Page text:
Most business owners build a business with an endgame in mind: either cashing it out or passing it on. Whatever your scenario is for what happens to your business when you retire or die, it is not likely to happen without a comprehensive plan that aligns your personal and business objectives.
If you plan to pass on your control of the business to one or more of your children, then you may want to consider giving them direct voting interests via your will or a trust. If you own business real estate that is separate from your primary business, you will want to establish a mechanism for passing on that real estate to your heirs.
Some things to consider for protecting your business interests in your estate plan include:
Buy/Sell Agreement. If you don’t have one, you need one now. If you do have one, you need to ensure it is up to date and that the valuation mechanism used – appraisal, formula or fixed valuation — will still work for your purposes.
Liquidity. Will there be enough cash flow from the business to still support the business, provide income to your surviving spouse and pay estate taxes? If not, you need to consider having the business own a life insurance policy or set up an irrevocable life insurance trust to meet these needs.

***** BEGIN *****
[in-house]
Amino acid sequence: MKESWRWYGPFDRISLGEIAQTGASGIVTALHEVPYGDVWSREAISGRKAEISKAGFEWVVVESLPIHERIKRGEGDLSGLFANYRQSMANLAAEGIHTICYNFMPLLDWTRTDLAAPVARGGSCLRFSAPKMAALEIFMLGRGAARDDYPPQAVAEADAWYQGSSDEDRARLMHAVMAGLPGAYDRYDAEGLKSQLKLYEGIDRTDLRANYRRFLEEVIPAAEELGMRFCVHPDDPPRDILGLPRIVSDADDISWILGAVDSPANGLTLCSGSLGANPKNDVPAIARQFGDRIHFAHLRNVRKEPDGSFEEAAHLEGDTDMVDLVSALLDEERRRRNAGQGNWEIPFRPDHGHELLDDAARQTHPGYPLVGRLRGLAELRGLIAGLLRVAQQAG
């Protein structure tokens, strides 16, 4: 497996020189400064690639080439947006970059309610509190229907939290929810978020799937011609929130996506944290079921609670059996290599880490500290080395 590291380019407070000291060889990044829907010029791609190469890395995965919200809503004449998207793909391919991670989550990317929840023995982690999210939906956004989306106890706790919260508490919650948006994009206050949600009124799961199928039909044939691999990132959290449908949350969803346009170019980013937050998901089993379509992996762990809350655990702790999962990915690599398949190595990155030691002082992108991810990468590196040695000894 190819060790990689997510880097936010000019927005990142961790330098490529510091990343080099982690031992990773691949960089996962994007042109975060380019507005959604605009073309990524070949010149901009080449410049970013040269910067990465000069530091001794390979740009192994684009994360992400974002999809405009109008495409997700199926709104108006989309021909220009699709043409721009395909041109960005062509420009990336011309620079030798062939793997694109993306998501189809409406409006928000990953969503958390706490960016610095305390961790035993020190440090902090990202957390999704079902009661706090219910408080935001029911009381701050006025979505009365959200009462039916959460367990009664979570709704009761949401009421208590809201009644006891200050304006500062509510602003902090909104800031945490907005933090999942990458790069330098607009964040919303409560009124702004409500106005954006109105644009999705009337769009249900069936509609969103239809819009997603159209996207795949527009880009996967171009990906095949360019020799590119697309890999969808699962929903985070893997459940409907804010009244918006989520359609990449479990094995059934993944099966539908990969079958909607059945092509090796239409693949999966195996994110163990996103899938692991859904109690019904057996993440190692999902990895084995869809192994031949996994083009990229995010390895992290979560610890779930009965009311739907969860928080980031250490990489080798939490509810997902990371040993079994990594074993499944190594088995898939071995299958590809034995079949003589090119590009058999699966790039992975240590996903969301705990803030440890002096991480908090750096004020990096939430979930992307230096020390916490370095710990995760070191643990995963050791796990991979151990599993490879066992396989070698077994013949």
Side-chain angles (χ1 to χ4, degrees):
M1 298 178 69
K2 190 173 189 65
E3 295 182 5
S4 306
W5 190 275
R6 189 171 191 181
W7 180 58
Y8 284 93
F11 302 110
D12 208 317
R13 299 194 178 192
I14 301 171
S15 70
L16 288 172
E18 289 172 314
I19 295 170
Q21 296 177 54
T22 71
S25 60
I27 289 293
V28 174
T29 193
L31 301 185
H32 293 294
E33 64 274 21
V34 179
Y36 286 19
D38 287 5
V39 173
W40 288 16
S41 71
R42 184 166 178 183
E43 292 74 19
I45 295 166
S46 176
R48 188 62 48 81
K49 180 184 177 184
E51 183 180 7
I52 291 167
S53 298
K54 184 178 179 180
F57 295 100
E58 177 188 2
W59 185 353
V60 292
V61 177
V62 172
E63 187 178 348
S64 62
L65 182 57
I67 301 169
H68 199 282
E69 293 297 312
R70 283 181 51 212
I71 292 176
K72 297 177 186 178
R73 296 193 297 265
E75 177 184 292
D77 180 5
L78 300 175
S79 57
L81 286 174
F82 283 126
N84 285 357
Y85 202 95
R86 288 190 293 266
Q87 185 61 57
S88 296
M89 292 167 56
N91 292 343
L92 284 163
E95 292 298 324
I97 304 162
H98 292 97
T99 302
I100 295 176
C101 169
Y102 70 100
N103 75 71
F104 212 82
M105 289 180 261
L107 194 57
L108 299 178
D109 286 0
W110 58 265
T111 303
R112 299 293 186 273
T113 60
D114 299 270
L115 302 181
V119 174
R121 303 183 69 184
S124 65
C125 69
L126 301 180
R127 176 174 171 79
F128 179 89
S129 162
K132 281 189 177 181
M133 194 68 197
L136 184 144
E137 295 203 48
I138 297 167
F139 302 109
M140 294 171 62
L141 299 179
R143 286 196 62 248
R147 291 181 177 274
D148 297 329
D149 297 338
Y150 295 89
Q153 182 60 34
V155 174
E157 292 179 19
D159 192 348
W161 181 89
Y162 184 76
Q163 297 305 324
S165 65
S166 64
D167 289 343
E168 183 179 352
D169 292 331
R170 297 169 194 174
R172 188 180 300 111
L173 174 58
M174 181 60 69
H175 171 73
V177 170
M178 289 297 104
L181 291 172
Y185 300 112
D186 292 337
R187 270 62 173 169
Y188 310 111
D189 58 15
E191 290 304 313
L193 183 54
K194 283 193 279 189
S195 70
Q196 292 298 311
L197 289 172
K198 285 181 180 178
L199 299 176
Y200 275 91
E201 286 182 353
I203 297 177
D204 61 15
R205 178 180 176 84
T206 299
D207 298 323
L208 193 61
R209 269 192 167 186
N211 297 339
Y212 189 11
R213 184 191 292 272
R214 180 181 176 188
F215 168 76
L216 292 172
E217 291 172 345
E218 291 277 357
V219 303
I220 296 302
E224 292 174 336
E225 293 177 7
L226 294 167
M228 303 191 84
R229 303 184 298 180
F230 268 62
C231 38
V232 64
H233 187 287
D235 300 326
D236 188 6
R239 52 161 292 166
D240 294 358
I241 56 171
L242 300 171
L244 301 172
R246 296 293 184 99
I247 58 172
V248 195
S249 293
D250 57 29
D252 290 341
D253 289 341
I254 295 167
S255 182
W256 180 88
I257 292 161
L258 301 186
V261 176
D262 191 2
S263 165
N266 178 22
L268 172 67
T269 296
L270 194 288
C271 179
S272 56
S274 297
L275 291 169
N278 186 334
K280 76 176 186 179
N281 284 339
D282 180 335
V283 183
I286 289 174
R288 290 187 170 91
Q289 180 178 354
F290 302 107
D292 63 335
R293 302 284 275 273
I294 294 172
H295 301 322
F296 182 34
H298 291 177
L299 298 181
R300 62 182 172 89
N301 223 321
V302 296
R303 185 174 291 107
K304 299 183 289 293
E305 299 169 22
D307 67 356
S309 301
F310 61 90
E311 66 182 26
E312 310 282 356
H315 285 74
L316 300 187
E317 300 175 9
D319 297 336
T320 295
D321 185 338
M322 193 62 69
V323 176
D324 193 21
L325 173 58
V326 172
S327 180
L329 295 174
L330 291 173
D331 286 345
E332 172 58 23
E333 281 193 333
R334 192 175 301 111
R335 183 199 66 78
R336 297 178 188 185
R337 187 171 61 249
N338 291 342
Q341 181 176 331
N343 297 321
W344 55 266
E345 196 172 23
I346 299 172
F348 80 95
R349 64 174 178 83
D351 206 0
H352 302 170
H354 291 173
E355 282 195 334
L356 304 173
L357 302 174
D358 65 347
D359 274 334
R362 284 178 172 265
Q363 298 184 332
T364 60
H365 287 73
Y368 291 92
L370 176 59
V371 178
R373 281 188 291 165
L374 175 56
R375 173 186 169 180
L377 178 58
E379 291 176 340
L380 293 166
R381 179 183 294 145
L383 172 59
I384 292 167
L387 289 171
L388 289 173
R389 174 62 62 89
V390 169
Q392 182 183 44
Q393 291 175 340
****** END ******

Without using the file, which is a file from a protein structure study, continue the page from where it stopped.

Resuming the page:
Authority. Does your will provide your executor with the necessary authority to protect and preserve your business interests? More importantly, does your executor have the expertise to manage your business interests? This is especially important if you have ownership interests in multiple business entities.
These are just a few of the considerations you need to make when taking the necessary steps to align business planning with estate planning.
This week is National Estate Planning Awareness Week, so take this opportunity to call us today to schedule your comprehensive LIFT™ (legal, insurance, financial and tax) Foundation Audit. Normally, this session is $1,250, but if you mention this article and we still have room on our calendar this month, we will waive that fee.